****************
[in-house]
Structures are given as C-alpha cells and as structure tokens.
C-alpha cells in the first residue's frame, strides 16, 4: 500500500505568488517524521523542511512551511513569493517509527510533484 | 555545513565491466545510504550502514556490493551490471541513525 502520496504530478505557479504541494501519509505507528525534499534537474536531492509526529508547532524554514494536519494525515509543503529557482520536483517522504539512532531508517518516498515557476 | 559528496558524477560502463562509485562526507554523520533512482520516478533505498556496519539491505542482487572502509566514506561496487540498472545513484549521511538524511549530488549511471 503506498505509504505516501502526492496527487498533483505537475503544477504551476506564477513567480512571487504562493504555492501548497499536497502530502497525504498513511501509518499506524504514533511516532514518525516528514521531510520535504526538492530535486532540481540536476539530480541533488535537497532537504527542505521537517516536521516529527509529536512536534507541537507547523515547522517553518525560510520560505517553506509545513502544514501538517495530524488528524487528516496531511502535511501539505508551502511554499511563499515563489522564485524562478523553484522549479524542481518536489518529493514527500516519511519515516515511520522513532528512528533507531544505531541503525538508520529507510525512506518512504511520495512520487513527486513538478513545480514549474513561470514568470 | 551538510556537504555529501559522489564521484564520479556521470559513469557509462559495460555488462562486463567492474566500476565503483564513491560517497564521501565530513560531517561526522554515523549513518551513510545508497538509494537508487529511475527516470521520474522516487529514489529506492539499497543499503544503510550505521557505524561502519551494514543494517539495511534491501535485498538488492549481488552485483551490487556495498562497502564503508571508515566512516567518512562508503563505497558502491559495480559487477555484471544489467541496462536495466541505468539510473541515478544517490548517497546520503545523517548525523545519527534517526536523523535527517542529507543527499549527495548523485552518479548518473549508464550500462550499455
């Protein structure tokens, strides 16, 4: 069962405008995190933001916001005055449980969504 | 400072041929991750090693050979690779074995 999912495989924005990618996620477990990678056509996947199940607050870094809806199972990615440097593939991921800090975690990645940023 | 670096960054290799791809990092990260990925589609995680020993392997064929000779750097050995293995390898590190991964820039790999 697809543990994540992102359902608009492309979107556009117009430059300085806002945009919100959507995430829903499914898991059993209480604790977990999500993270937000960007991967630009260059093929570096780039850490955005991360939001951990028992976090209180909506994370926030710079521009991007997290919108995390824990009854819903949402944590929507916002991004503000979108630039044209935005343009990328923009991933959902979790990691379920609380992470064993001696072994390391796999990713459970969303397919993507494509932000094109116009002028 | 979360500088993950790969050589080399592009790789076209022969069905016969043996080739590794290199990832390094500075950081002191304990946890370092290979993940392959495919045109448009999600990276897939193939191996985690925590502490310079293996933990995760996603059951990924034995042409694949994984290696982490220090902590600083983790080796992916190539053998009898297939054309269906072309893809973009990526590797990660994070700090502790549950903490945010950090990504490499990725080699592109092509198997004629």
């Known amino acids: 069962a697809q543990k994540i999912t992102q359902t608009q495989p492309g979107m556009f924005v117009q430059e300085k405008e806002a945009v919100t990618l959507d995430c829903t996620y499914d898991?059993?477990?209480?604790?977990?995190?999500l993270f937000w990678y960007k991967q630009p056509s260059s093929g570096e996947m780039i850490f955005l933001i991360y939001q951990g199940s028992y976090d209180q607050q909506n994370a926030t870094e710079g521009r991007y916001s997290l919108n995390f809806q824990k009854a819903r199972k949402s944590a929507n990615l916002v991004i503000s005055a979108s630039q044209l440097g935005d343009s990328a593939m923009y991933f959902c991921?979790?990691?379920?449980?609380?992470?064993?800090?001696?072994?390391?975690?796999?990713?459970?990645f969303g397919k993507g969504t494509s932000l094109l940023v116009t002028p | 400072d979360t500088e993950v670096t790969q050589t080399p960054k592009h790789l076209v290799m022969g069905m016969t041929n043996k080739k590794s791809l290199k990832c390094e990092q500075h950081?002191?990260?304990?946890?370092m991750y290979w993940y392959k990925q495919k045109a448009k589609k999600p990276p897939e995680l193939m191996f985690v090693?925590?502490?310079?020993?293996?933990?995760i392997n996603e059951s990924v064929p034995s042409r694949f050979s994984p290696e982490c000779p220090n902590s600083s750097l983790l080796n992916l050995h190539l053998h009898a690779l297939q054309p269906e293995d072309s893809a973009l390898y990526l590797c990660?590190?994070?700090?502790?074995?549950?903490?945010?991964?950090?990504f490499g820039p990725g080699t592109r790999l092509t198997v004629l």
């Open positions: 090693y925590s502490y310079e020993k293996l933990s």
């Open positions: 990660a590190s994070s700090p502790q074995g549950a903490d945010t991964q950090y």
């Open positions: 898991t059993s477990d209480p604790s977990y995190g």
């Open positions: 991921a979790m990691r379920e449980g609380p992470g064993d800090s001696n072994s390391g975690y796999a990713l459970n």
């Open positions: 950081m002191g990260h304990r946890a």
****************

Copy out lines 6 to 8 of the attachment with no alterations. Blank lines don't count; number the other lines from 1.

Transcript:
């Open positions: 090693y925590s502490y310079e020993k293996l933990s």
């Open positions: 990660a590190s994070s700090p502790q074995g549950a903490d945010t991964q950090y």
């Open positions: 898991t059993s477990d209480p604790s977990y995190g």